End Sub
Public Property Get Identifier() As Long

End Property

This class just specifies the interface to the EnumWindows method, so it doesn't have any code in it. Any code you want to run in these methods or Property Gets must be coded in the calling object itself. In my code, I call it IEnumWindowsSink because the object which is going to implement it is the 'sink' for EnumWindows calls.

The module to enumerate the windows can then be set up as follows:

Private m_cSink As IEnumWindowsSink

Private Function EnumWindowsProc( _
&nbsp &nbsp ByVal hwnd As Long, _
&nbsp &nbsp ByVal lparam As Long _
&nbsp ) As Long
Dim bStop As Boolean
&nbsp &nbsp bStop = False
&nbsp &nbsp m_cSink.EnumWindow hwnd, bStop
&nbsp &nbsp If (bStop) Then
&nbsp &nbsp &nbsp &nbsp EnumWindowsProc = 0
&nbsp &nbsp Else
&nbsp &nbsp &nbsp &nbsp EnumWindowsProc = 1
&nbsp &nbsp End If
&nbsp &nbspEnd Function

Public Function EnumerateWindows( _
&nbsp &nbsp &nbsp &nbsp ByRef cSink As IEnumWindowsSink _
&nbsp &nbsp ) As Boolean
&nbsp &nbsp If Not (m_cSink Is Nothing) Then Exit Function
&nbsp &nbsp Set m_cSink = cSink
&nbsp &nbsp EnumWindows AddressOf EnumWindowsProc, cSink.Identifier
&nbsp &nbsp Set m_cSink = Nothing
End Function

You are now in a position to use this from any form or class. By telling the form/class to implement the IEnumWindowsSink methods, VB will automatically put the EnumWindow sub and Identifier Property Get into the code, requiring you to code them. Here is a sample showing how to find all the Windows on the system from a form. Here the items are placed into a ListView control called lvwWindows with 4 columns:

Implements IEnumWindowsSink

Private Sub IEnumWindowsSink_EnumWindow(ByVal hwnd As Long, bStop As Boolean)
Dim itmX As ListItem
&nbsp &nbsp Set itmX = lvwWindows.ListItems.Add(, , WindowTitle(hwnd))
&nbsp &nbsp itmX.SubItems(1) = ClassName(hwnd)
&nbsp &nbsp itmX.SubItems(2) = hwnd
&nbsp &nbsp itmX.SubItems(3) = IsWindowVisible(hwnd)

End Sub

Private Property Get IEnumWindowsSink_Identifier() As Long
&nbsp &nbsp IEnumWindowsSink_Identifier = Me.hwnd
End Property

The definitions of the functions to get a Window's title, class and visibility from a hWnd are as follows:

Public Declare Function IsWindowVisible Lib "user32" (ByVal hwnd As Long) As Long
Public Declare Function GetWindowText Lib "user32" Alias "GetWindowTextA" (ByVal hwnd As Long, ByVal lpString As String, ByVal cch As Long) As Long
Public Declare Function GetWindowTextLength Lib "user32" Alias "GetWindowTextLengthA" (ByVal hwnd As Long) As Long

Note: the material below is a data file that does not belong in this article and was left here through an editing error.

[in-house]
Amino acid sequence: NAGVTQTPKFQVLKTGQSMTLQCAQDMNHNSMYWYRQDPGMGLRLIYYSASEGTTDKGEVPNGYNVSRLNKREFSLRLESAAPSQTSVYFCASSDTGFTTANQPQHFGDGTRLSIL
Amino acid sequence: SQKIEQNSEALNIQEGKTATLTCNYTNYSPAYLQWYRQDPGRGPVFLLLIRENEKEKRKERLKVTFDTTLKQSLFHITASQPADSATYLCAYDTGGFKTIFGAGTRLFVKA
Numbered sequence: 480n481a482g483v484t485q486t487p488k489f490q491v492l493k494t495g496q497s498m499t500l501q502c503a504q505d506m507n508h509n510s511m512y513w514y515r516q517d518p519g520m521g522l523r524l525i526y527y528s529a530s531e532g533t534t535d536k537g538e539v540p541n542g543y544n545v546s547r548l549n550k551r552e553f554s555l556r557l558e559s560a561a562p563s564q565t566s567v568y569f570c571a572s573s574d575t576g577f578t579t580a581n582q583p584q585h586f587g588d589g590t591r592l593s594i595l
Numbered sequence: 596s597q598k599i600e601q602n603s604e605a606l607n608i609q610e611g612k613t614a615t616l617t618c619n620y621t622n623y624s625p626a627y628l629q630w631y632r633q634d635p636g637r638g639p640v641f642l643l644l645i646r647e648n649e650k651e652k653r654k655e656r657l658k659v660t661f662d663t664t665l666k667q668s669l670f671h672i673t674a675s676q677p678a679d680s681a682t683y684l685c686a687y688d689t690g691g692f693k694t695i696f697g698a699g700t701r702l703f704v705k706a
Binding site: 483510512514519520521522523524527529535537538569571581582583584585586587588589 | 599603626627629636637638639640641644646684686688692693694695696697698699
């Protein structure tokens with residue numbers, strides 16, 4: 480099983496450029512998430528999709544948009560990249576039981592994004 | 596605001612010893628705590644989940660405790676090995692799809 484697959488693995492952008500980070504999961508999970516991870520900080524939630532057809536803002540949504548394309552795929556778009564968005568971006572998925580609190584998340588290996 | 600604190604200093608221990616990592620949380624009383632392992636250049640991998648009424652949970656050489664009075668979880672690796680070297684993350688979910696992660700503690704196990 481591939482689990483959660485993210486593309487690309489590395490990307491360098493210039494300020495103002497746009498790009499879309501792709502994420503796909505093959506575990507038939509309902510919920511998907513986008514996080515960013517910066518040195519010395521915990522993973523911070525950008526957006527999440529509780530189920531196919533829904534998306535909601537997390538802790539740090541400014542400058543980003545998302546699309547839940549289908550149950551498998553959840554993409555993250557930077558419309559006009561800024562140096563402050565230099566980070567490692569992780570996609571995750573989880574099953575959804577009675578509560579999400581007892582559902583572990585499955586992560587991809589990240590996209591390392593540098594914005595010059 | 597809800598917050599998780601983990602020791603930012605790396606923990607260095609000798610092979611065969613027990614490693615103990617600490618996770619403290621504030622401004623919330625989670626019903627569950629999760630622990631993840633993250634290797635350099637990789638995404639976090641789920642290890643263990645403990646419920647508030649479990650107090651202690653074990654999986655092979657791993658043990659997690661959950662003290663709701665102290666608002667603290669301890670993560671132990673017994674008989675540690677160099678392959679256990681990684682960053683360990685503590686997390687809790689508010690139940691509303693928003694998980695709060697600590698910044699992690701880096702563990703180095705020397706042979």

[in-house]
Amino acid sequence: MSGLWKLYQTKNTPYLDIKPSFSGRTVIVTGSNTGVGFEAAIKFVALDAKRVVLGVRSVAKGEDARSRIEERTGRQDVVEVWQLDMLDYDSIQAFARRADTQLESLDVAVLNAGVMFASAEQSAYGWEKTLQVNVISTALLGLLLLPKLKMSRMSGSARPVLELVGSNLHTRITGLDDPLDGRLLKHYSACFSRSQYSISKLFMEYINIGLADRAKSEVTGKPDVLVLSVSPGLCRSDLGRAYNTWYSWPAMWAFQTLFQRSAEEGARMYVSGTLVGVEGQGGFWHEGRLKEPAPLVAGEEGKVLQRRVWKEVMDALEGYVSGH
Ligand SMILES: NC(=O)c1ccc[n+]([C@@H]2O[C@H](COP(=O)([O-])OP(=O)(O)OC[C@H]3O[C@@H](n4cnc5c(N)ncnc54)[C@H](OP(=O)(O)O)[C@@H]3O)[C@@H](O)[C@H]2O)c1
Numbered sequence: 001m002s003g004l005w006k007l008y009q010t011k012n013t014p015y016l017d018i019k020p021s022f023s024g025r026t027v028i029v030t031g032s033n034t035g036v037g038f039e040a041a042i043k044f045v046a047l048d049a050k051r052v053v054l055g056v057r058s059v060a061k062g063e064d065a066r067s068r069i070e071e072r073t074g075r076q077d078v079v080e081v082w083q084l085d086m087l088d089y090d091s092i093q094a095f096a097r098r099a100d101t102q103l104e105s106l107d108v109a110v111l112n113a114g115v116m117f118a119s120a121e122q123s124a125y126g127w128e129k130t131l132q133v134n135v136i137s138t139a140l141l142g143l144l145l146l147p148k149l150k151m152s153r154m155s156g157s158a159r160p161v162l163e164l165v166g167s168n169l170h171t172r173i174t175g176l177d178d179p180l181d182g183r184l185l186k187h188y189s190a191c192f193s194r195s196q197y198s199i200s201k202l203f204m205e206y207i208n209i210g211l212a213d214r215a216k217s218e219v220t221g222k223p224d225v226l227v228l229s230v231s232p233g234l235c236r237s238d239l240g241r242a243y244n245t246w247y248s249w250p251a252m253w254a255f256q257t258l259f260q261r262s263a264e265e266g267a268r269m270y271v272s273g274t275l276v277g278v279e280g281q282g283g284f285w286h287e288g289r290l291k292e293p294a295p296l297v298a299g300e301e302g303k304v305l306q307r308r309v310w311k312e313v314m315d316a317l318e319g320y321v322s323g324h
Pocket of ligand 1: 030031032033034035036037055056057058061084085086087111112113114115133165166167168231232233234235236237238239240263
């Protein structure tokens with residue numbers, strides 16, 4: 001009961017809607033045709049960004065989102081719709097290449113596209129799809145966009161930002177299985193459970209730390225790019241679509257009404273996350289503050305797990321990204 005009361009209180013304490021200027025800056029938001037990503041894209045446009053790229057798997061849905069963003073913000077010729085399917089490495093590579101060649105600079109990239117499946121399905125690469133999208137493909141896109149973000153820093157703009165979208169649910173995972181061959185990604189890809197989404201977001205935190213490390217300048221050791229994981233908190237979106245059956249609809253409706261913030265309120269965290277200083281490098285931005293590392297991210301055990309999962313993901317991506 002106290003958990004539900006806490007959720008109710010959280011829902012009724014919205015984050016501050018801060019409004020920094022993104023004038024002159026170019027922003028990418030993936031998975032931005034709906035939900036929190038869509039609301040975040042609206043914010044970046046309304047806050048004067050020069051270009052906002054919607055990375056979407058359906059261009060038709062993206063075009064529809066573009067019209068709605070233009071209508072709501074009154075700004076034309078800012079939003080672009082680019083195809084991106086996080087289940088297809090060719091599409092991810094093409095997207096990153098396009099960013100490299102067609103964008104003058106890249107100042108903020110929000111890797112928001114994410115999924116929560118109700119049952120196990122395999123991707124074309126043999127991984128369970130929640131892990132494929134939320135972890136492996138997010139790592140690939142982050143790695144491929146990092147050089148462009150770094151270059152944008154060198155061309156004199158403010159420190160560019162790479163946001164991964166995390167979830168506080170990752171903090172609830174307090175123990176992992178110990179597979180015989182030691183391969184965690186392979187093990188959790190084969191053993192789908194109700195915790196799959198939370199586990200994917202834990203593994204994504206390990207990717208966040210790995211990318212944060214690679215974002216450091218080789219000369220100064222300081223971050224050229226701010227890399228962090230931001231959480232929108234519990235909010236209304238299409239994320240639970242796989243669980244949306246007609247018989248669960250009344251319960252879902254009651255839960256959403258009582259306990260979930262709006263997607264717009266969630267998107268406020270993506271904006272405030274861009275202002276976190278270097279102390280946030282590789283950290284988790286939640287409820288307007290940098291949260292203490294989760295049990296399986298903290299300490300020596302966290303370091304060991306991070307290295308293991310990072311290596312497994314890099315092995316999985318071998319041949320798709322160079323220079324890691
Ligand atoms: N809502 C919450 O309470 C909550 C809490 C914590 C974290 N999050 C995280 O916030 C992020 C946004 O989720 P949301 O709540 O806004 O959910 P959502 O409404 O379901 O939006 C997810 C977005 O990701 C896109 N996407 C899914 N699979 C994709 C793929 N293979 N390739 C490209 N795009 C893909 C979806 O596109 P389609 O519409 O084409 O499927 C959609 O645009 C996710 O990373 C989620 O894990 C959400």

Public Declare Function GetClassName Lib "user32" Alias "GetClassNameA" (ByVal hwnd As Long, ByVal lpClassName As String, ByVal nMaxCount As Long) As Long

Public Function WindowTitle(ByVal lHwnd As Long) As String
Dim lLen As Long
Dim sBuf As String

&nbsp &nbsp ' Get the Window Title:
&nbsp &nbsp lLen = GetWindowTextLength(lHwnd)
&nbsp &nbsp If (lLen > 0) Then
&nbsp &nbsp &nbsp &nbsp sBuf = String$(lLen + 1, 0)
&nbsp &nbsp &nbsp &nbsp lLen = GetWindowText(lHwnd, sBuf, lLen + 1)
&nbsp &nbsp &nbsp &nbsp WindowTitle = Left$(sBuf, lLen)
&nbsp &nbsp End If
&nbsp &nbsp
End Function
Public Function ClassName(ByVal lHwnd As Long) As String
Dim lLen As Long
Dim sBuf As String
&nbsp &nbsp lLen = 260
&nbsp &nbsp sBuf = String$(lLen, 0)
&nbsp &nbsp lLen = GetClassName(lHwnd, sBuf, lLen)
&nbsp &nbsp If (lLen 0) Then
&nbsp &nbsp &nbsp &nbsp ClassName = Left$(sBuf, lLen)
&nbsp &nbsp End If
End Function

The windows enumeration sample shows the methods described above, and additionally provides a class which you can use to find a window based on its partial title or class name.

[Windows Enumeration Demo]

The font enumeration sample is very similar in structure, but the enumeration is made slightly more tricky because for each font windows returns a long pointer to a ENUMLOGFONTEX structure. You have to copy the memory this is pointing to into a VB structure before you can make use of it. Check the code to see how it works! This code is also incorporated into the Owner Draw Combo and ListBox control to provide a neat font picker - well worth looking at (in my opinion).

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Copyright 1998-1999, Steve McMahon ( All Rights Reserved.
Last updated: 15 August 1999